Islamic feminism and the fear of inciting Islamophobia

This conversation needs to take place more widely, especially in feminist Muslim circles as well as in those fighting racism, Islamophobia, and other bigotry in the West: We need a way–a platform–to discuss problems internal to Muslims and Muslim/Islamic history that are rooted in patriarchy and that support and maintain patriarchy in way that would not be interpreted as perpetuating and/or endorsing Islamophobia. I, as a Muslim woman very critical of many practices and beliefs endemic to the Muslim communities I’m a part of, should have the freedom and the space to constructively criticize some of our traditions, even those espoused by the past scholars of Islam who are a part of the “canon” that forms Islamic scholarship and the Islamic tradition. And I should have this freedom and space to do so without worrying that Islamophobes will usurp my experiences, my ideas, my criticism and misuse them for their frightening agenda to hurt and malign Muslims and Islam. The Muslim community (in the West) needs to stop attempting to stifle internal criticism just because “what will the Islamophobes say? Let’s keep the bigger picture in mind here. For the sake of Islam and to avoid the further mistreatment of Muslims, let’s not focus on the negatives of our community and tradition and instead just embrace the goal of fighting Islamophobia.” Why? Because the problems I as a Muslim woman, as a Muslim feminist, face in my community because of patriarchal ideas attributed to “the Islamic tradition” are not important enough? Because women’s problems aren’t important enough to be tackled? This sort of spiritual shaming is an excuse to stifle critical thought–or just to stifle women’s criticism of their communities for not treating them with respect.

Image 1 feminism

So much for the Qur’an’s command that we be just in all our dealings. Oh, wait – “but who said it’s just to give women and men equal rights?” But of course.

I’ve said in several blog posts before that, as a female Muslim feminist student of Islamic studies working on gender/sexuality and Islam, I often have difficulty talking about the patriarchy on which so many gendered guidelines in the “Islamic tradition” are founded. Examples include the fact that, despite the Qur’an’s silence on the matter, (the male) Muslim jurists decided that: a) Muslim women aren’t allowed to marry non-Muslim men but men are allowed to marry Christians and Jews (all the “yes, but …” aside); b) women are not allowed to lead gender-mixed prayers–or even other women in prayer–while men can lead anyone in prayer they want; c) women do have the right to divorce, but it’s not only difficult but we literally have to buy divorce from our husbands by returning everything we got in mahr (despite today’s Muslims claim that “no, no, no! you don’t understand! You see, Muslim grooms are required to give mahr to their brides at the time of the nikaah as a testament to the fact that they are financially responsible for their wives.” Except, not really. The hubby gives you mahr in exchange for being able to sleep with you legitimately for as long as you’re married. I need to remember to write about this in a separate blog post at some point.); d) in some schools of law, we as women require the permission of an adult male Muslim (a wali), usually father if he’s Muslim, to get married and may not do it without his consent; e) we can’t travel alone without the permission of our husbands or fathers–or alone, period; f) a husband can beat up his wife because, supposedly, he has the God-given right to do so. (These and many other ideas largely accepted as “Islamic” in mainstream Muslim thought have been debunked by the fabulous Fatal Feminist here.)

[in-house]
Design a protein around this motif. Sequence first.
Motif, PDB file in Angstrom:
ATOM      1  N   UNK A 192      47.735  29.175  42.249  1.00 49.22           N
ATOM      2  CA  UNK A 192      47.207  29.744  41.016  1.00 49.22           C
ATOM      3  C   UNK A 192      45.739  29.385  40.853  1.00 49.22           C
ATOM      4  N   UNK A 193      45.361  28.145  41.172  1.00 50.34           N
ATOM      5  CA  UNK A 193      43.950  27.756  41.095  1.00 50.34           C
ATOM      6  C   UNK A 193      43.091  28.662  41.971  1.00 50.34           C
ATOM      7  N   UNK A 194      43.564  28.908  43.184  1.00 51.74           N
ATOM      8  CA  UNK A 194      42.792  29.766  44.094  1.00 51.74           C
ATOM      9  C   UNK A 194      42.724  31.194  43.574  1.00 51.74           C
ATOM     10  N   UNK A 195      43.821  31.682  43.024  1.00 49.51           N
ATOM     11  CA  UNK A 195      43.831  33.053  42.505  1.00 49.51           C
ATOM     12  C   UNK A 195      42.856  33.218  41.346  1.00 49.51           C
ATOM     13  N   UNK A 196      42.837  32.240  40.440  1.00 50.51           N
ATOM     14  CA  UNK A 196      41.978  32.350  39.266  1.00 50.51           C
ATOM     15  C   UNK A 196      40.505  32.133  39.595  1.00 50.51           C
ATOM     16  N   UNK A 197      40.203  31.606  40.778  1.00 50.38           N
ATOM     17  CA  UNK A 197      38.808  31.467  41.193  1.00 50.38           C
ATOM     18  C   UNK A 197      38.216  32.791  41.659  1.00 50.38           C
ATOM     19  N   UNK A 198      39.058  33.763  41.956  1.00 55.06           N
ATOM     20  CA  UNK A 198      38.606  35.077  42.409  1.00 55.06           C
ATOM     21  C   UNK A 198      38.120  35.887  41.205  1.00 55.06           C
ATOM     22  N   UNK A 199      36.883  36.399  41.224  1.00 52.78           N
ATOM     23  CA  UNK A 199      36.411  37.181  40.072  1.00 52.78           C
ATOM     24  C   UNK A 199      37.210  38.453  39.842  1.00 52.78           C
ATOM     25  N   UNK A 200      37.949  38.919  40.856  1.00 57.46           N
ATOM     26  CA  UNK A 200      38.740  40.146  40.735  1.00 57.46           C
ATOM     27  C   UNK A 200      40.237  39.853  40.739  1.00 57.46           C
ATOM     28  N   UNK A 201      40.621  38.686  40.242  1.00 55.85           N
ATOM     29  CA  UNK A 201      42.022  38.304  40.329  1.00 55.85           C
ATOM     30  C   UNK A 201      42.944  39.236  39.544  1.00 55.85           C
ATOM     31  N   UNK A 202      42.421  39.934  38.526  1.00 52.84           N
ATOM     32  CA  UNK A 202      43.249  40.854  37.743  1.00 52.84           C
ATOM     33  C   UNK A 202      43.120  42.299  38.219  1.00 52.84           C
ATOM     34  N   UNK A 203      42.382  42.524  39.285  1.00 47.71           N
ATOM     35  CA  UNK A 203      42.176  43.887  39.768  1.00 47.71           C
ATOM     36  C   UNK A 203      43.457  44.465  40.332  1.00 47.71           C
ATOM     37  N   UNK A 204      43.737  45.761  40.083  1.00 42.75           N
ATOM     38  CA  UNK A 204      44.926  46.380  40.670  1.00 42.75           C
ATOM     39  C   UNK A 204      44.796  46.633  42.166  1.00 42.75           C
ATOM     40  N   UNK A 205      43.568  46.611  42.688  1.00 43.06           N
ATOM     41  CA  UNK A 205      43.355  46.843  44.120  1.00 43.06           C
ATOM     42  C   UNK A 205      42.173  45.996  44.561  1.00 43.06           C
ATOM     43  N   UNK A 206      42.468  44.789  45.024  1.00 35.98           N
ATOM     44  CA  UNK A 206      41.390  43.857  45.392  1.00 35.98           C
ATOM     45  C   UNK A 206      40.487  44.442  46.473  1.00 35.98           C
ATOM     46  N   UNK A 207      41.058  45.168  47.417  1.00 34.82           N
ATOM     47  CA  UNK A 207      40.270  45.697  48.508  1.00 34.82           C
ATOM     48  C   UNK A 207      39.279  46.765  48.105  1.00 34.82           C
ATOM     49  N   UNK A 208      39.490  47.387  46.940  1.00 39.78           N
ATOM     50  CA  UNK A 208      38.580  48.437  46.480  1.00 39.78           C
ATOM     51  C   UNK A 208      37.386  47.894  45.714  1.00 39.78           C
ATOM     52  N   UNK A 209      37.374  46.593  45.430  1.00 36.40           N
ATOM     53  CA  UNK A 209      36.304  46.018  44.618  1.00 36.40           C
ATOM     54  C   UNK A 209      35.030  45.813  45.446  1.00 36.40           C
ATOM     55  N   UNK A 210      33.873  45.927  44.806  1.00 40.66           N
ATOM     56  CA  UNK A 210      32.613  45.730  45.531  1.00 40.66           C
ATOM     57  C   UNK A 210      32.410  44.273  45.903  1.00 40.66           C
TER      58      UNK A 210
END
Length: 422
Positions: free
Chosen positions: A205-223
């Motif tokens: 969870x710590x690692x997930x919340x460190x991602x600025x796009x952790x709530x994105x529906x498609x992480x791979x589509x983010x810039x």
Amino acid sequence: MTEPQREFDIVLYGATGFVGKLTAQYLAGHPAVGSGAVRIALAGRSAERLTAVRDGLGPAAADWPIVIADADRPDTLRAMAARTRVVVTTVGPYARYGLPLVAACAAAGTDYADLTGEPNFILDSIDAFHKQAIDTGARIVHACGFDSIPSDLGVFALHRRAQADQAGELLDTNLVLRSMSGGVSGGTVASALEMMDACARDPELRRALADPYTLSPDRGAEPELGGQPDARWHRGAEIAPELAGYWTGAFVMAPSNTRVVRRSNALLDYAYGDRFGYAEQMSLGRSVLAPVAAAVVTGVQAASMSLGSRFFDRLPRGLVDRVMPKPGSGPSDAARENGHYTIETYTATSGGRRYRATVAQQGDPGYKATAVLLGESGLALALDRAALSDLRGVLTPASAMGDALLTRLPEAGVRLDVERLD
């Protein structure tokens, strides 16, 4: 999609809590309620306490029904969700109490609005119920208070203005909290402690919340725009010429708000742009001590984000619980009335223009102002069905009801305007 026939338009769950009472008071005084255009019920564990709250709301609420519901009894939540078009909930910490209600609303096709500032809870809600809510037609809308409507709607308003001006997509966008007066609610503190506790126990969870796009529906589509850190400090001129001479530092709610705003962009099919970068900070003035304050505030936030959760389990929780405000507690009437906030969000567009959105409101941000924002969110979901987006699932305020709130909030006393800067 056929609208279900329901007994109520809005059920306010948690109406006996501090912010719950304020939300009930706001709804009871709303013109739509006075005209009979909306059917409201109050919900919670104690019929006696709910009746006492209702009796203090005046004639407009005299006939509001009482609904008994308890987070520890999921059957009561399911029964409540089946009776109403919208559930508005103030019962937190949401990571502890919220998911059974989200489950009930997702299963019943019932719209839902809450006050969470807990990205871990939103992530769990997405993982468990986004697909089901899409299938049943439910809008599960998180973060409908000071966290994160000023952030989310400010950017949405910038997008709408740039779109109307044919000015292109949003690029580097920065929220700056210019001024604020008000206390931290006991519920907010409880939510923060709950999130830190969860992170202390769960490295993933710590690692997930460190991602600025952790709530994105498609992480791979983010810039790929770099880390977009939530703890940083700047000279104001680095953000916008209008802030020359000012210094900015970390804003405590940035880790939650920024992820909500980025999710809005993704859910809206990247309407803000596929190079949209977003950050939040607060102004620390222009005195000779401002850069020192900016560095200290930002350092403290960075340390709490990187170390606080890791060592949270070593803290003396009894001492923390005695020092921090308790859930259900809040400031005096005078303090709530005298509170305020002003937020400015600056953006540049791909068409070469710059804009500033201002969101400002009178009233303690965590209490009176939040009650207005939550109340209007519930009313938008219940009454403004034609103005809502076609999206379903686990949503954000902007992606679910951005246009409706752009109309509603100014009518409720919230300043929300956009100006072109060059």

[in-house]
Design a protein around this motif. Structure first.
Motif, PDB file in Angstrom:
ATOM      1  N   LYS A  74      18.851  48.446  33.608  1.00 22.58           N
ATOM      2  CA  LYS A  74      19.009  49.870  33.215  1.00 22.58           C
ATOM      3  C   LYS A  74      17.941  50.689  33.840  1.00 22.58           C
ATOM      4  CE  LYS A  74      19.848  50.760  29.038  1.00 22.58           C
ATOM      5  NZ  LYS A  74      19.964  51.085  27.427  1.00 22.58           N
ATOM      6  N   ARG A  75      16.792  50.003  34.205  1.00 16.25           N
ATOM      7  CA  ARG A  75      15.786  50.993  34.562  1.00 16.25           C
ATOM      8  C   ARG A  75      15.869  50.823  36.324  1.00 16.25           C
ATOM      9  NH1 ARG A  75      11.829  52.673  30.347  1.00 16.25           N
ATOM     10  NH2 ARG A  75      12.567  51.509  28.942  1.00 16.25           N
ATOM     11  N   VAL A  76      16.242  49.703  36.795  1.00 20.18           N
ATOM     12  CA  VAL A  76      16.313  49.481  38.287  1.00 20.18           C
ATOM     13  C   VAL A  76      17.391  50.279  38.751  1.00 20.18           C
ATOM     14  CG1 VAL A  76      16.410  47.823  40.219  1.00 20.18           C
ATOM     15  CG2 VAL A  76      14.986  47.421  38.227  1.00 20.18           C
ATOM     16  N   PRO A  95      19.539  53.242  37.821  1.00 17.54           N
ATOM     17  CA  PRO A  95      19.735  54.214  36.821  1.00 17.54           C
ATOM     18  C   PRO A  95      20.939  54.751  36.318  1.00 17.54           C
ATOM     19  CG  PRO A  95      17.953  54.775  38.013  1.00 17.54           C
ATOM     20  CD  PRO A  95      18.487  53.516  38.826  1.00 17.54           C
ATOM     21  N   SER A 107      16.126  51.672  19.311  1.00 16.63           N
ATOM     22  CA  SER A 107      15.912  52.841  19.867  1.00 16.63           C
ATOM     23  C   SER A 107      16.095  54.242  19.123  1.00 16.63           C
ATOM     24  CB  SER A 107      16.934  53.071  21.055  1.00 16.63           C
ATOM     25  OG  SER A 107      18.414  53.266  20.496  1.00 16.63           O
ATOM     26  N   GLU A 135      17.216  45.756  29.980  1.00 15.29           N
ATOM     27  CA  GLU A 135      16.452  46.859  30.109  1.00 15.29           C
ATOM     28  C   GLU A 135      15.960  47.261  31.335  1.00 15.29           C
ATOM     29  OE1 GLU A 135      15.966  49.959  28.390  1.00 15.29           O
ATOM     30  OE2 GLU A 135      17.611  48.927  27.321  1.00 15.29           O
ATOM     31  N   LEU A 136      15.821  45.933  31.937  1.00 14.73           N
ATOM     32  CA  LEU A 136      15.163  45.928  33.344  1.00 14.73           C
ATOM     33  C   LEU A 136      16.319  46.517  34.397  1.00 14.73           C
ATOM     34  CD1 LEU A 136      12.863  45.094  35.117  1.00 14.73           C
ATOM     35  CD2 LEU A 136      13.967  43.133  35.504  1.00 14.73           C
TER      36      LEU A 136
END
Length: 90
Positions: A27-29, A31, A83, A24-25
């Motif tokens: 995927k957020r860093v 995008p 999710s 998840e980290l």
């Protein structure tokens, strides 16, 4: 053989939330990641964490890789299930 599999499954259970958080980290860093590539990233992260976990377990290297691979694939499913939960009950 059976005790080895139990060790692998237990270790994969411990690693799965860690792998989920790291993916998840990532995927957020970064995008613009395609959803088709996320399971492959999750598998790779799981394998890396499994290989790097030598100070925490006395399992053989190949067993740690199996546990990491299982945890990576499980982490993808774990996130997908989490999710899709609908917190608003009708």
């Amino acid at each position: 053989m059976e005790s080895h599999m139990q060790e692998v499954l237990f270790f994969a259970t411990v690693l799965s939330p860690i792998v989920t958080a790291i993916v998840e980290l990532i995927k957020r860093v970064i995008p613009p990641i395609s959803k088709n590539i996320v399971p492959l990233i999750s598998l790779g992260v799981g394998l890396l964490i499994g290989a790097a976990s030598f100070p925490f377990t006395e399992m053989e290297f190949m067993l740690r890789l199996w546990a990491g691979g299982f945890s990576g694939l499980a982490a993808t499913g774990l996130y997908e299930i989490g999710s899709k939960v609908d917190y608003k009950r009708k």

All of these statements come with exceptions, nuance, and all that other great stuff that should get any thinking human to go, “Um, actually, …” or “But it’s not that simple, right> Because, you see …” And, in fact, there are plenty of books and articles on some of these issues that analyze and discus them in detail. (You can find some of these here.) I’d have to dedicate a separate blog post to each of these points and so many other ones. But for now, stick with me – I have a point.